16 September 2016
'Dragonfire' - the laser gun being developed for British forces
By Alan Tovey
The Telegraph


It sounds like something out of Star Wars - but lasers could soon be protecting British forces
Credit: AP Feed

With a name like �Dragonfire� it sounds like science fiction but laser weapons could be about to become science fact for UK forces.

British defence and technology companies have come together to develop the UK�s first laser weapon, which could be mounted on ships to shoot down enemy jets and missiles or even used by ground forces to destroy incoming mortar rounds.

Dragonfire could be mounted on ships to shoot down incoming missiles and aircraft

The Ministry of Defence is finalising a �30m contract to build a technology demonstrator which will evaluate lasers and examine how they could be deployed by Britain�s forces.

Dragonfire will be tested to see how it can identify and track targets at different ranges and in a variety of weather conditions.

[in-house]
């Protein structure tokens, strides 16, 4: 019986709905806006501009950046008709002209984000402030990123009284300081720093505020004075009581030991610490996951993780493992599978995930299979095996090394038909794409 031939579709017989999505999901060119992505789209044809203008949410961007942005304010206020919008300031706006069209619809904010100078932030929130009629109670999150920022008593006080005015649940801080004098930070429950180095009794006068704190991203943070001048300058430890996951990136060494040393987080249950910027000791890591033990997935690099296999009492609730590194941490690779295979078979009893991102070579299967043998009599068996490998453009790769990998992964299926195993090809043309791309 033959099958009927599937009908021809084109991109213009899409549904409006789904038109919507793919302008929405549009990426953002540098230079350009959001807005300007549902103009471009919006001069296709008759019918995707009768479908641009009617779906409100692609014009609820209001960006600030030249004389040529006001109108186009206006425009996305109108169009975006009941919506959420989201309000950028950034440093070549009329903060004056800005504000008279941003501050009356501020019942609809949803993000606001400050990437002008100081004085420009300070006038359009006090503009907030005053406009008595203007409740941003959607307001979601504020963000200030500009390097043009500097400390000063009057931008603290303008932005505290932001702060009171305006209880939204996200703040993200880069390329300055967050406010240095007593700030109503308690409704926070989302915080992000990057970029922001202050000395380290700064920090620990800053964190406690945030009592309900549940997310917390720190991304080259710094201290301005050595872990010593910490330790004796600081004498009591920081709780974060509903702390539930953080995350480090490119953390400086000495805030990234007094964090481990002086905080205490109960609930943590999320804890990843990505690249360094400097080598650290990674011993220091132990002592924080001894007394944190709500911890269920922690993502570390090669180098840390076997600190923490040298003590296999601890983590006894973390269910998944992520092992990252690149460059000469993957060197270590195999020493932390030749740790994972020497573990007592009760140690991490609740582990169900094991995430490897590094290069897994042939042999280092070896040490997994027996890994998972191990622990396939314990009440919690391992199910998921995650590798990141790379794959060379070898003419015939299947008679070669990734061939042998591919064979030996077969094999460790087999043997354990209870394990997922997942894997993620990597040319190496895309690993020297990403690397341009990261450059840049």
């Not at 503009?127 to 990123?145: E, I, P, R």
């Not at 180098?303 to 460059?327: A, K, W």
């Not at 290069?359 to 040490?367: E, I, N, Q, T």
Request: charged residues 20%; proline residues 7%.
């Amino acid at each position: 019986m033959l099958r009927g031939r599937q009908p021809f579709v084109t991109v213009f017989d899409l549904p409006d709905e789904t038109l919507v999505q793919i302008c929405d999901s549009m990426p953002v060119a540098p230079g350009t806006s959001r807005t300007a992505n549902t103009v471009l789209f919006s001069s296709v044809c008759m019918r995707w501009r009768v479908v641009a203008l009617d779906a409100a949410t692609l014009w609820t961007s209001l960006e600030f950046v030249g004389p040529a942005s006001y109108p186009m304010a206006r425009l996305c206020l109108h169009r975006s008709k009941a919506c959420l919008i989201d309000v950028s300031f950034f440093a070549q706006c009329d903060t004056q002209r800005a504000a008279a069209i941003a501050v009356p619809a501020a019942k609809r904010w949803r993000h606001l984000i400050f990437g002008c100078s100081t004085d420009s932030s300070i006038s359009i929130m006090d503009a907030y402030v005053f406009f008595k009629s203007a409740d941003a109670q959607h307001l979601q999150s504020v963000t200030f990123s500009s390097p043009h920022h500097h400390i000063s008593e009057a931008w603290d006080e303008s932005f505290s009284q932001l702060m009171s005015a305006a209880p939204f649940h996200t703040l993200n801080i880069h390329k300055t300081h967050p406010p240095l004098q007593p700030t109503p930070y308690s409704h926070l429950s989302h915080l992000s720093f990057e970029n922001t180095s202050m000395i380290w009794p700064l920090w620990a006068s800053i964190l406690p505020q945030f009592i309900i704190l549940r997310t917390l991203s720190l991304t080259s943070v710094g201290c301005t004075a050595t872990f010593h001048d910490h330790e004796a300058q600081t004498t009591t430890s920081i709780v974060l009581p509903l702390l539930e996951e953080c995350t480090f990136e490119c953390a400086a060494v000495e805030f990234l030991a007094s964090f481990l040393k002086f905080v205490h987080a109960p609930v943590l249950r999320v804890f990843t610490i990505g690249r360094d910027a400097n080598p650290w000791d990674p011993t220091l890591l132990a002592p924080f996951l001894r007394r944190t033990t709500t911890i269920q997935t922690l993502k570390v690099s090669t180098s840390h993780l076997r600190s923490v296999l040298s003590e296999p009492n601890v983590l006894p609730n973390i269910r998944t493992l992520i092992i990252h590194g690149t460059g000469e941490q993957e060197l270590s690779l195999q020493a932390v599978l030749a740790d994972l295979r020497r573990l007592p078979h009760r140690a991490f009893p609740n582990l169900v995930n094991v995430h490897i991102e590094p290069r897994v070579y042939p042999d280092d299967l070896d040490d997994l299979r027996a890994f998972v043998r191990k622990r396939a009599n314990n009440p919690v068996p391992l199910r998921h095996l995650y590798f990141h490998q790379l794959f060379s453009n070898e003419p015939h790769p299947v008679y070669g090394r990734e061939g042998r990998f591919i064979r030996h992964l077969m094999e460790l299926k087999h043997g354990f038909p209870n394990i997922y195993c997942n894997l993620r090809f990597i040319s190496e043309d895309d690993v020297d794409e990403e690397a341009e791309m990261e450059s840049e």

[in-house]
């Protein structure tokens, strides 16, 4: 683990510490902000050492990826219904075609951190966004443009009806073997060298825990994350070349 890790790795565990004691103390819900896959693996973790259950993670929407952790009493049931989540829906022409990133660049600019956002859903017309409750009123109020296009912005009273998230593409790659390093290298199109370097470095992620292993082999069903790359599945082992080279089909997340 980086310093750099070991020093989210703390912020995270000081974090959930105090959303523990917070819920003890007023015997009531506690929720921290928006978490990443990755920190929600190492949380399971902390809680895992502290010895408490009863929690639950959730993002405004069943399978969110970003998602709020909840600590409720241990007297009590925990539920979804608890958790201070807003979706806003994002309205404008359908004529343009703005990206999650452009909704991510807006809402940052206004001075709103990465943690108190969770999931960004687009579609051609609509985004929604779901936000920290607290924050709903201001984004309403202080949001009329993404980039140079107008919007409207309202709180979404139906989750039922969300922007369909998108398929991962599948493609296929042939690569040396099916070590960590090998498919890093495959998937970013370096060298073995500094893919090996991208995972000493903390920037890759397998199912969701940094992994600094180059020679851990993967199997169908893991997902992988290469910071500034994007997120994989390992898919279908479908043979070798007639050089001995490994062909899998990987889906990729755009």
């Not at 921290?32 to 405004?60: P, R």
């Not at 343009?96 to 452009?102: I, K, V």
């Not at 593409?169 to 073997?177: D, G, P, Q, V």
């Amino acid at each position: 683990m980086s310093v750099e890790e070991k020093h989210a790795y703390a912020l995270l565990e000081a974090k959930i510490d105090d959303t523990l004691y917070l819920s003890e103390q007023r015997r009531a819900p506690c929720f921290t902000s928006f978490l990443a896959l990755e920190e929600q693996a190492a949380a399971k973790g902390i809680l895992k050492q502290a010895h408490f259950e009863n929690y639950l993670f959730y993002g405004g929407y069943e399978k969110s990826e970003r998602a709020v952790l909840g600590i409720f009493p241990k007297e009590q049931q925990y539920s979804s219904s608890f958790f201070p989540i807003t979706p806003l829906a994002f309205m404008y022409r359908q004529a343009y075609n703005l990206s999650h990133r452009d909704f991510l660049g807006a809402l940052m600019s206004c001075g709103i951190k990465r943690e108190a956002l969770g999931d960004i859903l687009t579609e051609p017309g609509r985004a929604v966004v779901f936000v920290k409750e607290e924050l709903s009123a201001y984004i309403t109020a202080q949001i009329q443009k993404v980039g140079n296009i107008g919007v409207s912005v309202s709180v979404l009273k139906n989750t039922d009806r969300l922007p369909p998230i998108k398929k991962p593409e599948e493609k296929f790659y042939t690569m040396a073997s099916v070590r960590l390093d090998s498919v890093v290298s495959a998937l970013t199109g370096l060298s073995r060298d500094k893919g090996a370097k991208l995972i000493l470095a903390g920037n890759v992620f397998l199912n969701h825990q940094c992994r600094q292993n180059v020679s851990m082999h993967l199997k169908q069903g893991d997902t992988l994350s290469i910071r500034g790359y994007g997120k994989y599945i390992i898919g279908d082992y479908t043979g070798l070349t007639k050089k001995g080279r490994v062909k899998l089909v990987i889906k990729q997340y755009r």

If it is deemed viable, it could replace conventional systems, offering a lower cost and more efficient alternative to current weapons. A laser only needs a power source to fire, whereas conventional weapons need ammunition or use missiles, which relatively expensive and take up space.

The prototype is expected to be delivered in 2019 and is being built by a consortium led by Stevenage-based missile maker MBDA. Also involved are QinetiQ, Leonardo-Finmeccanica, GKN, Arke, BAE Systems and Marshall.

The Royal Navy currently uses the 'Goalkeeper' systems to shoot down incoming missiles

Dragonfire is one the systems being developed under the MoD�s �800m Innovation Fund, which aims to tap British ingenuity to give the UK military an advantage in battle and new capabilities by using advanced technology.

Dave Armstrong, MBDA technical director, said: "Dragonfire will put the UK at the forefront of high energy laser systems, capitalising on the joint experience of the MoD and industry in the complex weapons environment.

"It also advances the UK towards a future product with significant export potential, as well as providing opportunities for partnerships with other nations� armed forces that have similar requirements.�

Norman Bone, managing director of Leonardo-Finmeccanica, which is contributing the systems which will direct the Dragonfire's laser beam, added: "This demonstrator will be at the forefront of UK technology research and fits within our strategy to develop the next generation of laser systems.�

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